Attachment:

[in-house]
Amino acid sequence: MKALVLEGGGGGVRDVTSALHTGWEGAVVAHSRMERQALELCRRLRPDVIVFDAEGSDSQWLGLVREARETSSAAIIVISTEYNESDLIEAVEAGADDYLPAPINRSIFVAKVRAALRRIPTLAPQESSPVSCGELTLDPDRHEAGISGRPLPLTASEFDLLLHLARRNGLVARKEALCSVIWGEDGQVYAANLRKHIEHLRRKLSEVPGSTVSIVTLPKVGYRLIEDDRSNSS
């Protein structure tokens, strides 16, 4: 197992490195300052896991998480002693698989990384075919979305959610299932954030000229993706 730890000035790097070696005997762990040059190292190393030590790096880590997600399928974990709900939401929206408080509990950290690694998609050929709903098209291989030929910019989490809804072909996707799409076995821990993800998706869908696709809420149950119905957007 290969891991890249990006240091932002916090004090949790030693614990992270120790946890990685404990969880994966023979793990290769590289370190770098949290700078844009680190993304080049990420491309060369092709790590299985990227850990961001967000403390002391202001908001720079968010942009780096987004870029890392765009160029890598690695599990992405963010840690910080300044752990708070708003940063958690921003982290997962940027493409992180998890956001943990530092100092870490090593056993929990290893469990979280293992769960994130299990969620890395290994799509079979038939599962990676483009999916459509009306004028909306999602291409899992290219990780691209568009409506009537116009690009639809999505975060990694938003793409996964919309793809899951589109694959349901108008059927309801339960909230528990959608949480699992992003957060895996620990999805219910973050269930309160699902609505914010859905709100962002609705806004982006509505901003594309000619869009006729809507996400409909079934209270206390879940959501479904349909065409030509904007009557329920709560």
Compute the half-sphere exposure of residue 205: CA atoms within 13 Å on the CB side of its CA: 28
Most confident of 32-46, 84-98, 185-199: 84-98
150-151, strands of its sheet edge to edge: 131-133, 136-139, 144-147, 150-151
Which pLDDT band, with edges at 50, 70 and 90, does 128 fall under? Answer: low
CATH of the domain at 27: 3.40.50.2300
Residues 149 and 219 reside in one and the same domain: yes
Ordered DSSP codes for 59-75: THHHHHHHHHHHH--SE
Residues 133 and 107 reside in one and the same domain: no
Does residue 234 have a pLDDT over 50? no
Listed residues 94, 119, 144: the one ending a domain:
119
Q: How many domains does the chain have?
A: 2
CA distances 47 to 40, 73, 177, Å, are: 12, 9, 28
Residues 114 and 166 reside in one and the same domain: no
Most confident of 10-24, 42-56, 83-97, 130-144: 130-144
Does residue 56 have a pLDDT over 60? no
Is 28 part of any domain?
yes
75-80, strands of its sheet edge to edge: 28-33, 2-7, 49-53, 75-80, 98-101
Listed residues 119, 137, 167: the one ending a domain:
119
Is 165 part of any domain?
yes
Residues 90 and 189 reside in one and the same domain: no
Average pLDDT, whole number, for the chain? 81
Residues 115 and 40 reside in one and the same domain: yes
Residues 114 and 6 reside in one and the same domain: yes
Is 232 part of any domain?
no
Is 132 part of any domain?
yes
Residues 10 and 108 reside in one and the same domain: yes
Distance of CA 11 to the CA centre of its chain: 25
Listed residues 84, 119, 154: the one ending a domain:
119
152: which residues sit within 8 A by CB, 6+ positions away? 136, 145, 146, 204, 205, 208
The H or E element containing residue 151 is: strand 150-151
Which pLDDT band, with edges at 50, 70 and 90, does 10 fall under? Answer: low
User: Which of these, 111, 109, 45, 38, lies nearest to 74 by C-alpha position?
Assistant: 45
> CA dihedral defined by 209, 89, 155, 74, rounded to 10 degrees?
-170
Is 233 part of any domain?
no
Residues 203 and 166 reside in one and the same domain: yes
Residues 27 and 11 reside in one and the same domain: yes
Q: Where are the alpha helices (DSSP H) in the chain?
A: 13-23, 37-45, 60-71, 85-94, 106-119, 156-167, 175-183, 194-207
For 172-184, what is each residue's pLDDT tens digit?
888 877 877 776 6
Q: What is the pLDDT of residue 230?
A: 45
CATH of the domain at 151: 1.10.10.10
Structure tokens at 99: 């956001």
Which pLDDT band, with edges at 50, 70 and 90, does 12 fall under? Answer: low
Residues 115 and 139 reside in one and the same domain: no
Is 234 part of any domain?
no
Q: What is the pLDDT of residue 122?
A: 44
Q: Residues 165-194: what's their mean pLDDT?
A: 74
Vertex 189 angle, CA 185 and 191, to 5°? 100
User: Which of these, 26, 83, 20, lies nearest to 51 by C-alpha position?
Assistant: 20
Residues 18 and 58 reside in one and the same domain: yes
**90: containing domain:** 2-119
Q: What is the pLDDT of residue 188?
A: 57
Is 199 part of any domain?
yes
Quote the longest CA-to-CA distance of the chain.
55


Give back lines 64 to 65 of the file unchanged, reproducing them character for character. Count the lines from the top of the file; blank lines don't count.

A: 44
Q: Residues 165-194: what's their mean pLDDT?